After several emails, he could contact the newspaper. He was willing

to travel to the Middle East on his way to the heart of Africa, where

his heart is according to his words. I made several contacts to set a

meeting and drink a cup of coffee in the garden of the Marriott hotel

in Cairo.

The Blog is the Solution

Basically, I don’t know him. The American Ethan Zuckerman has come

from the other side of the world to search a phenomenon he knows it

exists in the Arab World, but he does not know any details about it.

He advised me to read his blog. I checked his website. In the top

there was a photo of Zuckerman he put it to give his site a human

touch. A photo of a huge man standing on the right side and a bull in

the center. The caption reads “I’m the one on the right.”

The interview with Zuckerman started on time. An American, tall with

huge body. His hair reaches his shoulders. He looks like one of the

hippies of the sixties. I found out his one of them, actually. In the

seventies and the early eighties he joined a group of peace and

anti-nuclear weapons activists. Most of them were highly educated.

They toured the cities and villages of America, in addition to other

countries. They carried what they believe in and did not care how they


I was amazed by how his look and his ideas were identical. I always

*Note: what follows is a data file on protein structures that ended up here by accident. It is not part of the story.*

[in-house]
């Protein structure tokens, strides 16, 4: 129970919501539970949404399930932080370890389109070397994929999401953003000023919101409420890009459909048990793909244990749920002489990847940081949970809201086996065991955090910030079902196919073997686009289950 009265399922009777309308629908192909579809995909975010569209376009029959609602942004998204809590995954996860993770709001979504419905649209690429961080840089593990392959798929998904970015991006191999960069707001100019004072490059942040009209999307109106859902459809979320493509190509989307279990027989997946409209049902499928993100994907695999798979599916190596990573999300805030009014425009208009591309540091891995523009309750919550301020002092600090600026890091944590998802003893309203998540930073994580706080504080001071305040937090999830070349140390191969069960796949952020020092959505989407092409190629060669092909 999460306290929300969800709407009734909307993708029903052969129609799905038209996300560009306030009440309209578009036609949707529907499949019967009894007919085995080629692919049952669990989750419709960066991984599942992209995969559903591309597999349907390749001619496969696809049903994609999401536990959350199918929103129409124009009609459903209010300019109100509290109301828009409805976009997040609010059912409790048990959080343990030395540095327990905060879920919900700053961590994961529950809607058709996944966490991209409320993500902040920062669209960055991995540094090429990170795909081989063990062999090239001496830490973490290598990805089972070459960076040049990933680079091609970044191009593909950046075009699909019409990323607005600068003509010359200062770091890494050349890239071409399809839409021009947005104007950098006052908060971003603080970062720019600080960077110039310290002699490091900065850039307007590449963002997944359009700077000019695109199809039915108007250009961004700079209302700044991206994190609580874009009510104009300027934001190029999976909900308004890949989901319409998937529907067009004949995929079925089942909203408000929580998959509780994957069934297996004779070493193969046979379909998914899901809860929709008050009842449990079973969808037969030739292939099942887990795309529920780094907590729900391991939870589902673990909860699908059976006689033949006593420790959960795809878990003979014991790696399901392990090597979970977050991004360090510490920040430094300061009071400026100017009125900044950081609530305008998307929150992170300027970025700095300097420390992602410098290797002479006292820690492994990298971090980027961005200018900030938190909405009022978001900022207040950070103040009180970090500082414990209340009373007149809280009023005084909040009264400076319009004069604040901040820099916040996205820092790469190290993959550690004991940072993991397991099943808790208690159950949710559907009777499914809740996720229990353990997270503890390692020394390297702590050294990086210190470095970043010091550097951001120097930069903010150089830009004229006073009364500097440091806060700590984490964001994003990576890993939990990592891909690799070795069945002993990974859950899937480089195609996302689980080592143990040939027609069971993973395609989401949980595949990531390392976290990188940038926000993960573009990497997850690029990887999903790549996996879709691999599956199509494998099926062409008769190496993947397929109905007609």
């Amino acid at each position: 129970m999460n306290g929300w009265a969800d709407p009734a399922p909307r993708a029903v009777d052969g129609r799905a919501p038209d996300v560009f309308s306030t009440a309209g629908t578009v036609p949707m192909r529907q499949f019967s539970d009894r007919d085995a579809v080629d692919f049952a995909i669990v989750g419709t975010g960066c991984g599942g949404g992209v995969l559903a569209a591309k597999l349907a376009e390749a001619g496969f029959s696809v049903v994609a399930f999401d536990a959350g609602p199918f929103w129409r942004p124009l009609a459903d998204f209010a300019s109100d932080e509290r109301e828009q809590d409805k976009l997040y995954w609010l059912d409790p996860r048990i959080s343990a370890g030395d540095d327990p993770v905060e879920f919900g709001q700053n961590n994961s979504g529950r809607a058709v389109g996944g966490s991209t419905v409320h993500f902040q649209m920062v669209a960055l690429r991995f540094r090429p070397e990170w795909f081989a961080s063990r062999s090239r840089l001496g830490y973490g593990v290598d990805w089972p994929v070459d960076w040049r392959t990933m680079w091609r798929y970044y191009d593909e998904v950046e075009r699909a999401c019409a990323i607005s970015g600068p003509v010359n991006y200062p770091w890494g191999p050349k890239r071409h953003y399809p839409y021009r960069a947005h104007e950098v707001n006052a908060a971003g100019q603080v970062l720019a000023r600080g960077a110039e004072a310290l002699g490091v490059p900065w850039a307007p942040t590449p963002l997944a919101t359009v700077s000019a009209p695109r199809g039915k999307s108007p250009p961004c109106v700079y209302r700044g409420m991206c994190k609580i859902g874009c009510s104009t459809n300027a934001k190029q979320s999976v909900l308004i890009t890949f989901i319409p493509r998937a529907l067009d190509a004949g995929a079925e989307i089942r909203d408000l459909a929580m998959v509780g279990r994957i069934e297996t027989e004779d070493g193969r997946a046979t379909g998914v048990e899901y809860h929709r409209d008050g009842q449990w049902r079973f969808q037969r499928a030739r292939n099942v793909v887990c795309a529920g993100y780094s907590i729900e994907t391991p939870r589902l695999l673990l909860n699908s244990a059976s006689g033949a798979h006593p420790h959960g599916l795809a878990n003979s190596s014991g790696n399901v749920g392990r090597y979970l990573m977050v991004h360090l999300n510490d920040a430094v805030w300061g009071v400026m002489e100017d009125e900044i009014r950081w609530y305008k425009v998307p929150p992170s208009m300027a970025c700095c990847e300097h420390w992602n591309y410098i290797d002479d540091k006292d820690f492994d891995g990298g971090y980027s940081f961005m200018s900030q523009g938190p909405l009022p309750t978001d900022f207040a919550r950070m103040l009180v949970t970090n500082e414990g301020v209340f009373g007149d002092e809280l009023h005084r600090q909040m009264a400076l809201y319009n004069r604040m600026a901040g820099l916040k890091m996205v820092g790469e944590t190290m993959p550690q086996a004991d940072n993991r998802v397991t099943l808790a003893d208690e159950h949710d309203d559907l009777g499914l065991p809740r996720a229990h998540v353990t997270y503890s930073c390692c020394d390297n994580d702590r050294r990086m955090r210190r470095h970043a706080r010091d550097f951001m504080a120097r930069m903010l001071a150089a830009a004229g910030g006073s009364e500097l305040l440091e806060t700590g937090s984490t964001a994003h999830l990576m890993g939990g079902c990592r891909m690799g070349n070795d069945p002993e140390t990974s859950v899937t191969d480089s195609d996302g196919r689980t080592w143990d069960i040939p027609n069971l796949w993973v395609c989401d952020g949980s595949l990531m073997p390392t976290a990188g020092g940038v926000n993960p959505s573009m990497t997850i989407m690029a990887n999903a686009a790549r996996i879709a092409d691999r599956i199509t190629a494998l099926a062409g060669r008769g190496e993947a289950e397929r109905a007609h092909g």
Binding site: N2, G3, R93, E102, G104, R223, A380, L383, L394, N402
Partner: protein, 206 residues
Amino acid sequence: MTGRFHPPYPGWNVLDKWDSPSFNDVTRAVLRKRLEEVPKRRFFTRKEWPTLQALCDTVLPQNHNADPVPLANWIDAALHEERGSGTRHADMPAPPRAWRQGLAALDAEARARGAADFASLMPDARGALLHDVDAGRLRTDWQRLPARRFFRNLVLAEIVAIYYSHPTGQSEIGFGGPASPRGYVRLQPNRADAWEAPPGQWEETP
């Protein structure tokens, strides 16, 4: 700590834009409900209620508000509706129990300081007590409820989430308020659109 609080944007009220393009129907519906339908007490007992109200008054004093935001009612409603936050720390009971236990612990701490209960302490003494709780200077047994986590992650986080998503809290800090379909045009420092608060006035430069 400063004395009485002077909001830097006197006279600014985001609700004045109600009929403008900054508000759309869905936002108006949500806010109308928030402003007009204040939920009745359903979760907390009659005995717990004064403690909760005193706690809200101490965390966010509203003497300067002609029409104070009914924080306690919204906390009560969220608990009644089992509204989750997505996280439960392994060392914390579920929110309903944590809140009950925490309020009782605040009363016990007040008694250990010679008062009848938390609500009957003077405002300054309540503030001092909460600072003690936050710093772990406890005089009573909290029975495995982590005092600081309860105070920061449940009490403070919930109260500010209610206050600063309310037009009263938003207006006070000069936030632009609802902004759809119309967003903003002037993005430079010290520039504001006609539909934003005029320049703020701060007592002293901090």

thought such people do no longer exist in a world of monopolies. Time

has changed some things about him. The most important thing is the

cause he is defending. Now, he says “the solution is the blog.” He is

a fellow at the Berkman Center. He teaches Electronic Democracy, and

how blogs can be used to change writing for media, and for media

coverage of the developing countries, and to bring awareness to their


Zuckerman is and editor of BlogAfrica, which is considered as the best

source to get information on young Africans and their problems.

Moreover, he is one of the most important sources for what is

happening in Africa because he is independent and well-informed.

The Iranian Blogging Experience

Zuckerman talks about blogging with a big passion, like he is talking

about the achievements of one of his kids at school. During his last

journey to Jordan and Egypt, he worked very hard to meet everyone